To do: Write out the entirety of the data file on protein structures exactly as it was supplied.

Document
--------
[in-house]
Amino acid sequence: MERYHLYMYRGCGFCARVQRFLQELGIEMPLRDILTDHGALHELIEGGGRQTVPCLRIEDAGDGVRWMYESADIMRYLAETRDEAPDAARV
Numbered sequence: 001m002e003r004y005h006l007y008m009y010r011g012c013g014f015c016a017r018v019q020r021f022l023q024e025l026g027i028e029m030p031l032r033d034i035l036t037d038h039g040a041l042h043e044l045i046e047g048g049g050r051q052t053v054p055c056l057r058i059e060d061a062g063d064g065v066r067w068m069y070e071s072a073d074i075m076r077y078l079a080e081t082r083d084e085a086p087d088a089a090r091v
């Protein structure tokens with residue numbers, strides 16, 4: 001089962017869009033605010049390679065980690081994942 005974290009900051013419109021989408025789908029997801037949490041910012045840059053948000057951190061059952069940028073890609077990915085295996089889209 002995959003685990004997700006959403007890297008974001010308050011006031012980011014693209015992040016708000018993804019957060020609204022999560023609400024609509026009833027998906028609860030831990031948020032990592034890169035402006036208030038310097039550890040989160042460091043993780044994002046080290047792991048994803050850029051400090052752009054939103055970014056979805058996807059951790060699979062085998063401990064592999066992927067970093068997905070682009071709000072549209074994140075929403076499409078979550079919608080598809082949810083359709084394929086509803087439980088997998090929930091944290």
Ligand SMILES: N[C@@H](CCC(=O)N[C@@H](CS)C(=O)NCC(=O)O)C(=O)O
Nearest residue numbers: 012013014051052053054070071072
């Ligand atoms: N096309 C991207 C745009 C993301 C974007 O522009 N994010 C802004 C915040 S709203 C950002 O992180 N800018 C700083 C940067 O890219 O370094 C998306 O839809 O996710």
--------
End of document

[in-house]
Amino acid sequence: MERYHLYMYRGCGFCARVQRFLQELGIEMPLRDILTDHGALHELIEGGGRQTVPCLRIEDAGDGVRWMYESADIMRYLAETRDEAPDAARV
Numbered sequence: 001m002e003r004y005h006l007y008m009y010r011g012c013g014f015c016a017r018v019q020r021f022l023q024e025l026g027i028e029m030p031l032r033d034i035l036t037d038h039g040a041l042h043e044l045i046e047g048g049g050r051q052t053v054p055c056l057r058i059e060d061a062g063d064g065v066r067w068m069y070e071s072a073d074i075m076r077y078l079a080e081t082r083d084e085a086p087d088a089a090r091v
């Protein structure tokens with residue numbers, strides 16, 4: 001089962017869009033605010049390679065980690081994942 005974290009900051013419109021989408025789908029997801037949490041910012045840059053948000057951190061059952069940028073890609077990915085295996089889209 002995959003685990004997700006959403007890297008974001010308050011006031012980011014693209015992040016708000018993804019957060020609204022999560023609400024609509026009833027998906028609860030831990031948020032990592034890169035402006036208030038310097039550890040989160042460091043993780044994002046080290047792991048994803050850029051400090052752009054939103055970014056979805058996807059951790060699979062085998063401990064592999066992927067970093068997905070682009071709000072549209074994140075929403076499409078979550079919608080598809082949810083359709084394929086509803087439980088997998090929930091944290």
Ligand SMILES: N[C@@H](CCC(=O)N[C@@H](CS)C(=O)NCC(=O)O)C(=O)O
Nearest residue numbers: 012013014051052053054070071072
């Ligand atoms: N096309 C991207 C745009 C993301 C974007 O522009 N994010 C802004 C915040 S709203 C950002 O992180 N800018 C700083 C940067 O890219 O370094 C998306 O839809 O996710």